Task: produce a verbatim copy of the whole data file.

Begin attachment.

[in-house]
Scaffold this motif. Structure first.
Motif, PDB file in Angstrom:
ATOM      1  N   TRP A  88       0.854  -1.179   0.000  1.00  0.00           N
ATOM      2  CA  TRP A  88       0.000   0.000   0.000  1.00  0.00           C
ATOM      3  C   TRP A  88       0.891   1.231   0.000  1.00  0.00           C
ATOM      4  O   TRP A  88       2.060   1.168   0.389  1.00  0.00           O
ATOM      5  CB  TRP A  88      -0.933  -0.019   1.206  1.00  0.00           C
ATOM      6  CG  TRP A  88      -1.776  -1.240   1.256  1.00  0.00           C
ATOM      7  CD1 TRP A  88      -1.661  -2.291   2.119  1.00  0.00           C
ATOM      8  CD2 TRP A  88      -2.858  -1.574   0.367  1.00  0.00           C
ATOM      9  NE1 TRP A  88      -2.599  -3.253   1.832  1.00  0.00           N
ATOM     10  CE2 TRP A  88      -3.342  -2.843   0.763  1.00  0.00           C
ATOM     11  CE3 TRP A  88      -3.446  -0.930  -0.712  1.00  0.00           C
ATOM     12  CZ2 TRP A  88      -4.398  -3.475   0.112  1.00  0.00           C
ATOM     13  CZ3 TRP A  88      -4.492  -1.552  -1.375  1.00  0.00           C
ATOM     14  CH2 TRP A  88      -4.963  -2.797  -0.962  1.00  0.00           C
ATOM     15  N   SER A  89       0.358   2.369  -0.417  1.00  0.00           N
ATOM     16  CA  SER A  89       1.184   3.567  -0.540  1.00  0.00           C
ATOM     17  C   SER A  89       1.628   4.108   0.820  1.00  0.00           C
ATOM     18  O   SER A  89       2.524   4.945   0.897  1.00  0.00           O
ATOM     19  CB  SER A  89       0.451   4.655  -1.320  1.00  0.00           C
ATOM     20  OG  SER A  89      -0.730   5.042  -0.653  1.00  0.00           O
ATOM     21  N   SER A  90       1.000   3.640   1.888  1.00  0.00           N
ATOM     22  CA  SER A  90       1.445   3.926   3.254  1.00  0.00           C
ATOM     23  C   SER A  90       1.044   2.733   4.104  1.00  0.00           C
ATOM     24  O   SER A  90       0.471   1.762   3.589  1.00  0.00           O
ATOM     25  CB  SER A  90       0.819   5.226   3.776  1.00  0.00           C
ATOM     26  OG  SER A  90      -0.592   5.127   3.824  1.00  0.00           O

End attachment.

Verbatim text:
[in-house]
Scaffold this motif. Structure first.
Motif, PDB file in Angstrom:
ATOM      1  N   TRP A  88       0.854  -1.179   0.000  1.00  0.00           N
ATOM      2  CA  TRP A  88       0.000   0.000   0.000  1.00  0.00           C
ATOM      3  C   TRP A  88       0.891   1.231   0.000  1.00  0.00           C
ATOM      4  O   TRP A  88       2.060   1.168   0.389  1.00  0.00           O
ATOM      5  CB  TRP A  88      -0.933  -0.019   1.206  1.00  0.00           C
ATOM      6  CG  TRP A  88      -1.776  -1.240   1.256  1.00  0.00           C
ATOM      7  CD1 TRP A  88      -1.661  -2.291   2.119  1.00  0.00           C
ATOM      8  CD2 TRP A  88      -2.858  -1.574   0.367  1.00  0.00           C
ATOM      9  NE1 TRP A  88      -2.599  -3.253   1.832  1.00  0.00           N
ATOM     10  CE2 TRP A  88      -3.342  -2.843   0.763  1.00  0.00           C
ATOM     11  CE3 TRP A  88      -3.446  -0.930  -0.712  1.00  0.00           C
ATOM     12  CZ2 TRP A  88      -4.398  -3.475   0.112  1.00  0.00           C
ATOM     13  CZ3 TRP A  88      -4.492  -1.552  -1.375  1.00  0.00           C
ATOM     14  CH2 TRP A  88      -4.963  -2.797  -0.962  1.00  0.00           C
ATOM     15  N   SER A  89       0.358   2.369  -0.417  1.00  0.00           N
ATOM     16  CA  SER A  89       1.184   3.567  -0.540  1.00  0.00           C
ATOM     17  C   SER A  89       1.628   4.108   0.820  1.00  0.00           C
ATOM     18  O   SER A  89       2.524   4.945   0.897  1.00  0.00           O
ATOM     19  CB  SER A  89       0.451   4.655  -1.320  1.00  0.00           C
ATOM     20  OG  SER A  89      -0.730   5.042  -0.653  1.00  0.00           O
ATOM     21  N   SER A  90       1.000   3.640   1.888  1.00  0.00           N
ATOM     22  CA  SER A  90       1.445   3.926   3.254  1.00  0.00           C
ATOM     23  C   SER A  90       1.044   2.733   4.104  1.00  0.00           C
ATOM     24  O   SER A  90       0.471   1.762   3.589  1.00  0.00           O
ATOM     25  CB  SER A  90       0.819   5.226   3.776  1.00  0.00           C
ATOM     26  OG  SER A  90      -0.592   5.127   3.824  1.00  0.00           O